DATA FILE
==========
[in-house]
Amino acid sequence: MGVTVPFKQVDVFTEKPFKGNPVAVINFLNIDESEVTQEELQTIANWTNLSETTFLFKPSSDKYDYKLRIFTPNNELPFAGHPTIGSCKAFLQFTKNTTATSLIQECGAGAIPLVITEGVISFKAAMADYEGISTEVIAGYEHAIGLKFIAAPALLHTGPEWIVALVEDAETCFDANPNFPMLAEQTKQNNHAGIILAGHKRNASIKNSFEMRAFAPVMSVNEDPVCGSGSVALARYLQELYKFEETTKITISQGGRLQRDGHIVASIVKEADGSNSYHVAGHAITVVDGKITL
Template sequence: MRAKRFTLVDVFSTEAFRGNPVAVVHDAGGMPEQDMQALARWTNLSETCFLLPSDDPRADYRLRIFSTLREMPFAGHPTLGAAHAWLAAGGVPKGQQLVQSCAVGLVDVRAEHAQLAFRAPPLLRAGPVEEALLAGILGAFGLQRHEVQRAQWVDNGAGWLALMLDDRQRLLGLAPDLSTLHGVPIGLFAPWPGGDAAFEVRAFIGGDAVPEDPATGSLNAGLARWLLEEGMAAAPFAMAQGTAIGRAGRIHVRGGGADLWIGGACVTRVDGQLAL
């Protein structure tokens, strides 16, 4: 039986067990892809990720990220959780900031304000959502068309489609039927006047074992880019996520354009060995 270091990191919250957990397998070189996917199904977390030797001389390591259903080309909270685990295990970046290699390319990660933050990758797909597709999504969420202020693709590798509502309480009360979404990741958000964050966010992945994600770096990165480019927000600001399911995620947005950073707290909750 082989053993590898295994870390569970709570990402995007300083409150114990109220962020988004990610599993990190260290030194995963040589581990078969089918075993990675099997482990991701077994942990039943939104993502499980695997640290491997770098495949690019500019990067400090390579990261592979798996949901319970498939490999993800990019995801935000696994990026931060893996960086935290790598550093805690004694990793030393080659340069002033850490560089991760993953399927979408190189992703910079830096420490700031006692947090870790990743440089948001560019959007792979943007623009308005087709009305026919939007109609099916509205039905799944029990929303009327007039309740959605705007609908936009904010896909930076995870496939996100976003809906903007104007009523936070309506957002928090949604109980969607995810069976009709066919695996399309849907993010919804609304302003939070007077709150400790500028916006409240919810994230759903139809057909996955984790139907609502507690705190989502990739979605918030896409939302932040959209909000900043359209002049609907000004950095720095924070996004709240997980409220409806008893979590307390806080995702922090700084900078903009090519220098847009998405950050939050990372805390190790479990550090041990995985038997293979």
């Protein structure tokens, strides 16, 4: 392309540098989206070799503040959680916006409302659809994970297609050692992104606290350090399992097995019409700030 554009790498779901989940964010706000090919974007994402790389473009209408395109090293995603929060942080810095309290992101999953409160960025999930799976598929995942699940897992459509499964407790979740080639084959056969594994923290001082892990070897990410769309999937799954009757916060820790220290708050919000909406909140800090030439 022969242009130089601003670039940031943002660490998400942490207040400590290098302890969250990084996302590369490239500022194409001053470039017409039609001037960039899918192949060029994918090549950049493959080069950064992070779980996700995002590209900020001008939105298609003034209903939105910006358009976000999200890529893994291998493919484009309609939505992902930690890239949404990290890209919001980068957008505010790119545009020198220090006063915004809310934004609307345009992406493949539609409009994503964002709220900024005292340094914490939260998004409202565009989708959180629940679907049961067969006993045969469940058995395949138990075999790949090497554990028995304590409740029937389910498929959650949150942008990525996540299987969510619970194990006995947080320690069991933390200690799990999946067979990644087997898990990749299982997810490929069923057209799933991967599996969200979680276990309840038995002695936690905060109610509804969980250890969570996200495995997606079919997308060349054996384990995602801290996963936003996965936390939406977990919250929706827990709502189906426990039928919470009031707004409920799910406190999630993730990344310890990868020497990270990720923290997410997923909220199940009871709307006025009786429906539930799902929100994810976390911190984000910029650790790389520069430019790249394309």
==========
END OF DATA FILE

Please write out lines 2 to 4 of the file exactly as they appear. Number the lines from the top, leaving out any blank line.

Amino acid sequence: MGVTVPFKQVDVFTEKPFKGNPVAVINFLNIDESEVTQEELQTIANWTNLSETTFLFKPSSDKYDYKLRIFTPNNELPFAGHPTIGSCKAFLQFTKNTTATSLIQECGAGAIPLVITEGVISFKAAMADYEGISTEVIAGYEHAIGLKFIAAPALLHTGPEWIVALVEDAETCFDANPNFPMLAEQTKQNNHAGIILAGHKRNASIKNSFEMRAFAPVMSVNEDPVCGSGSVALARYLQELYKFEETTKITISQGGRLQRDGHIVASIVKEADGSNSYHVAGHAITVVDGKITL
Template sequence: MRAKRFTLVDVFSTEAFRGNPVAVVHDAGGMPEQDMQALARWTNLSETCFLLPSDDPRADYRLRIFSTLREMPFAGHPTLGAAHAWLAAGGVPKGQQLVQSCAVGLVDVRAEHAQLAFRAPPLLRAGPVEEALLAGILGAFGLQRHEVQRAQWVDNGAGWLALMLDDRQRLLGLAPDLSTLHGVPIGLFAPWPGGDAAFEVRAFIGGDAVPEDPATGSLNAGLARWLLEEGMAAAPFAMAQGTAIGRAGRIHVRGGGADLWIGGACVTRVDGQLAL
């Protein structure tokens, strides 16, 4: 039986067990892809990720990220959780900031304000959502068309489609039927006047074992880019996520354009060995 270091990191919250957990397998070189996917199904977390030797001389390591259903080309909270685990295990970046290699390319990660933050990758797909597709999504969420202020693709590798509502309480009360979404990741958000964050966010992945994600770096990165480019927000600001399911995620947005950073707290909750 082989053993590898295994870390569970709570990402995007300083409150114990109220962020988004990610599993990190260290030194995963040589581990078969089918075993990675099997482990991701077994942990039943939104993502499980695997640290491997770098495949690019500019990067400090390579990261592979798996949901319970498939490999993800990019995801935000696994990026931060893996960086935290790598550093805690004694990793030393080659340069002033850490560089991760993953399927979408190189992703910079830096420490700031006692947090870790990743440089948001560019959007792979943007623009308005087709009305026919939007109609099916509205039905799944029990929303009327007039309740959605705007609908936009904010896909930076995870496939996100976003809906903007104007009523936070309506957002928090949604109980969607995810069976009709066919695996399309849907993010919804609304302003939070007077709150400790500028916006409240919810994230759903139809057909996955984790139907609502507690705190989502990739979605918030896409939302932040959209909000900043359209002049609907000004950095720095924070996004709240997980409220409806008893979590307390806080995702922090700084900078903009090519220098847009998405950050939050990372805390190790479990550090041990995985038997293979």